Living in Cornwall, I’ve always been intrigued to explore other parts of the UK that are renowned for their outstanding natural beauty. So, not ever doing things by half, I took my partner and baby bump on a journey from the tip of England’s toe right up to the Western Highlands of Scotland, to a place which felt like the gateway to the edge of the world.

Whether you travel there by plane, train or automobile (or all three!) I would definitely recommend organising a hire car at least for travelling in and around Poolewe - one of the most remote parts of the UK. En route, we launched into our Scottish adventure with a visit to Urquhart Castle, taking a cruise along the infamous Loch Ness, earnestly scanning the waters for the legendary green monster on the thirty minute boat ride to this Scottish landmark. Not too disheartened by Nessie’s no-show, we drove from Inverness to Applecross via the Bealach Nam Bo; the only true Alpine pass in Britain and the ultimate afternoon drive. The long road to Stardust was simply spectacular.

We arrived to witness a picture-perfect sunset, with chalky clouds and ribbons of peach cutting through the daytime sky, swathing it to sleep before darkness fell upon the two dwellings that would play home for the week. We climbed into the luxurious hand-crafted bed in the boathouse with some enchanting literature on ancient folklore, teaching us about the local island burial grounds and Viking settlers.

Over breakfast in the delightful Shepard’s hut, inspired by our bedtime reading, we coined plans to explore more of the history which makes Stardust so magical. We started with a trip to Inverewe Estate and Gardens which has an intriguing tale; created by Osgood Mackenzie, who dedicated his life to developing it after being gifted the barren land by his Mother in 1862. Later in the week we visited Eilean Donan Castle; its picture decorating shortbread tins across the country, this is one of the more iconic monuments in the area. We roamed around the rooms inside, admiring the period furniture and Jacobean artefacts, transporting us to bygone times. The castle sits within the forested mountains of Kintail with majestic views across to the Isle of Sky, which intrigued us to pay that a visit too!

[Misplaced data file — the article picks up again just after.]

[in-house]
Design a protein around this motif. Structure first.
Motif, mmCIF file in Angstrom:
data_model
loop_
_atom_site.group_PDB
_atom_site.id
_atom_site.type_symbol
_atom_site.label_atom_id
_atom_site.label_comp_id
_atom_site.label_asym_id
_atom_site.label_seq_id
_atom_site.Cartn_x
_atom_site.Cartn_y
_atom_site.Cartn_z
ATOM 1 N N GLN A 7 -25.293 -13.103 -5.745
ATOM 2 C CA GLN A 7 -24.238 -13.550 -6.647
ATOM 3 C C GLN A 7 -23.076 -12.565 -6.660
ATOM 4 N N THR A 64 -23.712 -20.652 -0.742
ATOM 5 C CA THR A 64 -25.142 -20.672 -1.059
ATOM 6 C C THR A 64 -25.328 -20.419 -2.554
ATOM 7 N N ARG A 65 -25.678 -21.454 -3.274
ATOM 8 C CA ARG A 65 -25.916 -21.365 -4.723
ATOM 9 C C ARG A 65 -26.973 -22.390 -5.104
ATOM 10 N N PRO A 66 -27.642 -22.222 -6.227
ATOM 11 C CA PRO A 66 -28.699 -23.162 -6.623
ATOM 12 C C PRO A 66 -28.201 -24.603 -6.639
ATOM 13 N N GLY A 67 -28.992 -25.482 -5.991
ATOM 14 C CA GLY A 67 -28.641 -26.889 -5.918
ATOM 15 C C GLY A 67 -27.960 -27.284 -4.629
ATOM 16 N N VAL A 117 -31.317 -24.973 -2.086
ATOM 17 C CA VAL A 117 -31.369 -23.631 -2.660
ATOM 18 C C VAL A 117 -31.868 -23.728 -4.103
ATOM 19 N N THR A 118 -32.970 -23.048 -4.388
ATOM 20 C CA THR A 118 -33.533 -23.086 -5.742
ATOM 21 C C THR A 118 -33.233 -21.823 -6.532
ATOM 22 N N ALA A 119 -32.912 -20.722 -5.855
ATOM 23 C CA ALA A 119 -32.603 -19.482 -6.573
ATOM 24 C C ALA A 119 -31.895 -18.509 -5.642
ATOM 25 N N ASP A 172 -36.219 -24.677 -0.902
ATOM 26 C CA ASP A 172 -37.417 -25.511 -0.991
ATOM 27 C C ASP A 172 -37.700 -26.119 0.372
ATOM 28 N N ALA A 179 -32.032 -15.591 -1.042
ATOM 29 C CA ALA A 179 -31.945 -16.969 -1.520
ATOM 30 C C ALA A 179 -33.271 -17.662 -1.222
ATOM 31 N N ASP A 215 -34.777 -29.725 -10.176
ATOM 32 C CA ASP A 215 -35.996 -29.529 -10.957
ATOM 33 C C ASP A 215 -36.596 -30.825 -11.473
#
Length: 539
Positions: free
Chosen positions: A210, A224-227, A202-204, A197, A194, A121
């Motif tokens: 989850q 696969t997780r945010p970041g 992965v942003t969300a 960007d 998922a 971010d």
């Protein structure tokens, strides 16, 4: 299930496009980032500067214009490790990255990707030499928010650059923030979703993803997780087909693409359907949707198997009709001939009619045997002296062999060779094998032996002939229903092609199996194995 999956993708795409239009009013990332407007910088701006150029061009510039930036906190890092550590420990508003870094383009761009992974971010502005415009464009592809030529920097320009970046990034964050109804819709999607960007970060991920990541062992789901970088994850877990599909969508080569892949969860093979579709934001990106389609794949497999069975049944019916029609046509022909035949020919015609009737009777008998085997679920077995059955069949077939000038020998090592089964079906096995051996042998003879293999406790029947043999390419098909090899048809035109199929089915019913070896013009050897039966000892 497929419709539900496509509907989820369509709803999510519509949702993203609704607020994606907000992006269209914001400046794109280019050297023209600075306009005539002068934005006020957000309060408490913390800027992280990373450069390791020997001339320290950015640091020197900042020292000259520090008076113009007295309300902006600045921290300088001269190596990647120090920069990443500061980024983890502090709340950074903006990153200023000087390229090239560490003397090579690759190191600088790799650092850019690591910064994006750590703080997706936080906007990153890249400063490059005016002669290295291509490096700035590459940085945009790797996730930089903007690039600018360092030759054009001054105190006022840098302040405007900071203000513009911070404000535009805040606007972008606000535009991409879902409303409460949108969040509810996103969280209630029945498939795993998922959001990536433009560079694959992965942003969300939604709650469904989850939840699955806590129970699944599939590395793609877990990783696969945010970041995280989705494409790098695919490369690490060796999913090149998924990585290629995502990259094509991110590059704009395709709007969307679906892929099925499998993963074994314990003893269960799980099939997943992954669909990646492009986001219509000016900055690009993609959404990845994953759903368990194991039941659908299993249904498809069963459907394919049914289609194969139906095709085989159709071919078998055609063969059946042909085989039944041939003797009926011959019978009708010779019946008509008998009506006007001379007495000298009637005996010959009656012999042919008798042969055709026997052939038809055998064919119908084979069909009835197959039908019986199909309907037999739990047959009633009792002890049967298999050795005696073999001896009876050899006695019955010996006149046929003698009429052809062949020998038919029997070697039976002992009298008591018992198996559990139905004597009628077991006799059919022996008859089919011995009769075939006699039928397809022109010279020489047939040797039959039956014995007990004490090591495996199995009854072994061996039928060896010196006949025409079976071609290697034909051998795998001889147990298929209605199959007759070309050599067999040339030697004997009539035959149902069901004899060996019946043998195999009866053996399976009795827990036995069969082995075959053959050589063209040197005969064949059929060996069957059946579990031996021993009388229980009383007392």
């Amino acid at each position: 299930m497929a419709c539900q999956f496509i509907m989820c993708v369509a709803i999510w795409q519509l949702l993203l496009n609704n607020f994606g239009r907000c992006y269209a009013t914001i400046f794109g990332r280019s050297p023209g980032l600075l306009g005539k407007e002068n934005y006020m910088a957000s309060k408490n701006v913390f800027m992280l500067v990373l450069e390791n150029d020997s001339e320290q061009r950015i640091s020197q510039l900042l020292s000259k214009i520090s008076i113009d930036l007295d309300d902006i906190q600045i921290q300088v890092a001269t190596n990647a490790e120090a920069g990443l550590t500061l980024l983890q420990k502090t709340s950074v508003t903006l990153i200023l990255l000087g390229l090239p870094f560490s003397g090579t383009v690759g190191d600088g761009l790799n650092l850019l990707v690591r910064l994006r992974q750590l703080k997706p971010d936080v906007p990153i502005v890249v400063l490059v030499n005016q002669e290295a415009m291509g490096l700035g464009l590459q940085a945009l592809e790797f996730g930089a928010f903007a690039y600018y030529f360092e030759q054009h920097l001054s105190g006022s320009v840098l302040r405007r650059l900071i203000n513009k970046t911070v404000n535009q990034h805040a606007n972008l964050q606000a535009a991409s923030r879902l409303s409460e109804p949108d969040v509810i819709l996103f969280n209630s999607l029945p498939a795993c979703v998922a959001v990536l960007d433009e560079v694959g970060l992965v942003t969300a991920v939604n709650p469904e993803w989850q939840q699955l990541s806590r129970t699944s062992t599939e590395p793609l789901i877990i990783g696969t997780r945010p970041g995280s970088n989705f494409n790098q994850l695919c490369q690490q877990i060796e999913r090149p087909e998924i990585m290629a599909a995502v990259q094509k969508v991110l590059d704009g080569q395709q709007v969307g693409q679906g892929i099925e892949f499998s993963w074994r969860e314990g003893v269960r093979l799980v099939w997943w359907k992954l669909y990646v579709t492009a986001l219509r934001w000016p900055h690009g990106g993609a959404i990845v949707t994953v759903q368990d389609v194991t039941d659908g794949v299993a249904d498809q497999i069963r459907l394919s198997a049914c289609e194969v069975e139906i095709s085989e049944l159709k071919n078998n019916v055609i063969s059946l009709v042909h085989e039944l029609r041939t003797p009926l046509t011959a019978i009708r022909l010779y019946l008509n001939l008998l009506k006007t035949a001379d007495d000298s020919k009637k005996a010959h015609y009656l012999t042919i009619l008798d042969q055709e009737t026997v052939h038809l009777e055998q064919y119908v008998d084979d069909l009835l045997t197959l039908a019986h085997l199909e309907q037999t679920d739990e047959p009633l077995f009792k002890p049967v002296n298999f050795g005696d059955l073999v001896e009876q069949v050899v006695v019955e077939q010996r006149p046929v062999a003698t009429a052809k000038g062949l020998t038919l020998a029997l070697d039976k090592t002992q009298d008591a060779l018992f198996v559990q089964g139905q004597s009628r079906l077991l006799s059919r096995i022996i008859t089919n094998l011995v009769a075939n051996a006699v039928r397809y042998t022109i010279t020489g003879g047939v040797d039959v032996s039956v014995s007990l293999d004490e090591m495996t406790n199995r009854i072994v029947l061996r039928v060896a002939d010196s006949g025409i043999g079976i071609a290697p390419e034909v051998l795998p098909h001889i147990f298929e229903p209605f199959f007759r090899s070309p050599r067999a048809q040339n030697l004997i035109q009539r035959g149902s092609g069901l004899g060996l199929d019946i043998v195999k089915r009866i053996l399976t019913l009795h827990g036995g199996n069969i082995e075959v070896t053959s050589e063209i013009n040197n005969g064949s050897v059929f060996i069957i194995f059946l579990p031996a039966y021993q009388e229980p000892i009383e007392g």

The local history is just fascinating. Whilst we enjoyed various drives around the area, we stumbled across several pull-in points where you can park up and read more about the past. My favourite discovery came in learning that Loch Ewe was used as an assembly point for the Arctic Convoys during World War II.

On our last evening, when we arrived back to Stardust the owner had organised a delicious seafood platter for us, which was hand-delivered to the Shepard’s Hut door complete with all the trimmings! Looking out over the river and across to the beautiful gardens of Inverewe, we carefully peeled the langoustines, lobster, crab and whelks from their shells and savoured the taste of the fresh Scottish Highland treasures.

Embarking on the long journey home, we decided to travel back via Inverness with a quick pit stop at Glen Ord Distillery to pick up some gifts; you can’t buy their delicious malt whisky anywhere else in Europe. Passing awe-inspiring vistas of dramatic mountainous scenery, we were not surprised to learn this route had been classed as one of the top ten drives in the whole world. We mused over our last holiday before parenthood and concluded what a remarkable one it had been, we really couldn’t have picked a more special place to explore.